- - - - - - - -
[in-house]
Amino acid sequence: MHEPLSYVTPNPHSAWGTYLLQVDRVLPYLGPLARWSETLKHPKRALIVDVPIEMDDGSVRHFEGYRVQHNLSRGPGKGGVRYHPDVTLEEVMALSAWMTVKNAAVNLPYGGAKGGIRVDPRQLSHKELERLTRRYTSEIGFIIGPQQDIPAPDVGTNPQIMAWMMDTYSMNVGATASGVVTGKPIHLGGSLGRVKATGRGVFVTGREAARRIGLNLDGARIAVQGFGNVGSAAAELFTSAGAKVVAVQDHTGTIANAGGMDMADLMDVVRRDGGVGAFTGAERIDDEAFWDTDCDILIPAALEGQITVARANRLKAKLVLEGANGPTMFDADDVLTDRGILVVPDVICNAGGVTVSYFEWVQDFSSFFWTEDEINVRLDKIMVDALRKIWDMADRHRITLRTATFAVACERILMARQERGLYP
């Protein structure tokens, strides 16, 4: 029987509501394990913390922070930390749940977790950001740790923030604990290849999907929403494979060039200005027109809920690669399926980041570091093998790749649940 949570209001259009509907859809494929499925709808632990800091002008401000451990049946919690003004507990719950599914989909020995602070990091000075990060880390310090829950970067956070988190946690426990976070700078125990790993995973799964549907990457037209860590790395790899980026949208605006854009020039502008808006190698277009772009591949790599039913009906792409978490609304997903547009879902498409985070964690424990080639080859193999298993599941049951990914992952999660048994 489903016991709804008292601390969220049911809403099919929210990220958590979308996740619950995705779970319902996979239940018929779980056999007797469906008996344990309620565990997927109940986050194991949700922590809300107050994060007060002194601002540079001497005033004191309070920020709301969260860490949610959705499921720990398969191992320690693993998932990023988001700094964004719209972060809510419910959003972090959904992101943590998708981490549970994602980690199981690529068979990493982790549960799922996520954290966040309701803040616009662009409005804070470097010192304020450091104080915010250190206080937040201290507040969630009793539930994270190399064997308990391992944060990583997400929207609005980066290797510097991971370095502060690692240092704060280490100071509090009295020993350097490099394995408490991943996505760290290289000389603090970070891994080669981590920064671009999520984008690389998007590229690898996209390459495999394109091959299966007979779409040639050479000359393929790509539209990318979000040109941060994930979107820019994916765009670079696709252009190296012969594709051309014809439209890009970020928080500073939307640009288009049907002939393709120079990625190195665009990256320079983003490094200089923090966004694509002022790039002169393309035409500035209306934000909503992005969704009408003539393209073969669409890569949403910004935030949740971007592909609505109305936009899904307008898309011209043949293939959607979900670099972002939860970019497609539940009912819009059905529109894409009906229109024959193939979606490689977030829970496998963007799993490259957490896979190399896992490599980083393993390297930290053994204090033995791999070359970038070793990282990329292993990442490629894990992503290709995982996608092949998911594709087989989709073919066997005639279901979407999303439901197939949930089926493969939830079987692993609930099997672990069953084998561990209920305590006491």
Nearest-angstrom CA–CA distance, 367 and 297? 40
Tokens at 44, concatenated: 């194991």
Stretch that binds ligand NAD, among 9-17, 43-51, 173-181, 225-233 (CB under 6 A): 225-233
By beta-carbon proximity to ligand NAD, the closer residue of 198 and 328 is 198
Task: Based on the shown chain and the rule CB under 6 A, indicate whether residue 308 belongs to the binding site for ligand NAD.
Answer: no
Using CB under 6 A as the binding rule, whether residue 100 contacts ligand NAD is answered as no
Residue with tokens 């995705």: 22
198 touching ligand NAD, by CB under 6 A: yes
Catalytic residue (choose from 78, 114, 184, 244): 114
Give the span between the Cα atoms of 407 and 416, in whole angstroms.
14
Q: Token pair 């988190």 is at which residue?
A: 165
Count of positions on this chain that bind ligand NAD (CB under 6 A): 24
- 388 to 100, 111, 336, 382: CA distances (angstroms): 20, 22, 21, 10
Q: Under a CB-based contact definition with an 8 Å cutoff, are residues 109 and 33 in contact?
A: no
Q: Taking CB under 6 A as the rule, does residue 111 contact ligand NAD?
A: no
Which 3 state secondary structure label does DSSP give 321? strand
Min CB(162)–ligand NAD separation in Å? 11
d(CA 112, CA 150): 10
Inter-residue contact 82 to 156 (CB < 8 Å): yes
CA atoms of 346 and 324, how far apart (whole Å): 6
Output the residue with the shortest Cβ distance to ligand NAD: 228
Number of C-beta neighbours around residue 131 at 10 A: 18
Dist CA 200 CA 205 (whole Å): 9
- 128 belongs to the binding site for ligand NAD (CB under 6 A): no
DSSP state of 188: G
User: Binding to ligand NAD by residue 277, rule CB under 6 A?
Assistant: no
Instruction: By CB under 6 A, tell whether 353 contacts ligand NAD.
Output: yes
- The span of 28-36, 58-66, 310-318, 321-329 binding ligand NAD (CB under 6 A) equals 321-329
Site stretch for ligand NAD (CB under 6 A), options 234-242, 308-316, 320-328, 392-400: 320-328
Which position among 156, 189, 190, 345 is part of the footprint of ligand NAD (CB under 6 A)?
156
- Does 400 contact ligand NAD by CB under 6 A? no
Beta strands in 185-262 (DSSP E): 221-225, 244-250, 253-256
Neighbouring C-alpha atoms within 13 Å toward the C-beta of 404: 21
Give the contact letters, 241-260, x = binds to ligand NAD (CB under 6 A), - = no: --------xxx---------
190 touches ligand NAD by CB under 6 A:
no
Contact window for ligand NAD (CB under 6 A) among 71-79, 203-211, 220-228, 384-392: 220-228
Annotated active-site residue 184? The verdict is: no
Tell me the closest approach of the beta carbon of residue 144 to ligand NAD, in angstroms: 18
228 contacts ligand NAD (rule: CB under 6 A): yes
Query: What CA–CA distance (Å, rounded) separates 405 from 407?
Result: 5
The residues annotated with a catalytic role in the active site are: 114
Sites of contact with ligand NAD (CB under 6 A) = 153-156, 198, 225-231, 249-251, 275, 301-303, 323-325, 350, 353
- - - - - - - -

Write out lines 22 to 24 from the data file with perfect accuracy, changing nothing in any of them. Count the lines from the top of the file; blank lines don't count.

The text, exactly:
Q: Taking CB under 6 A as the rule, does residue 111 contact ligand NAD?
A: no
Which 3 state secondary structure label does DSSP give 321? strand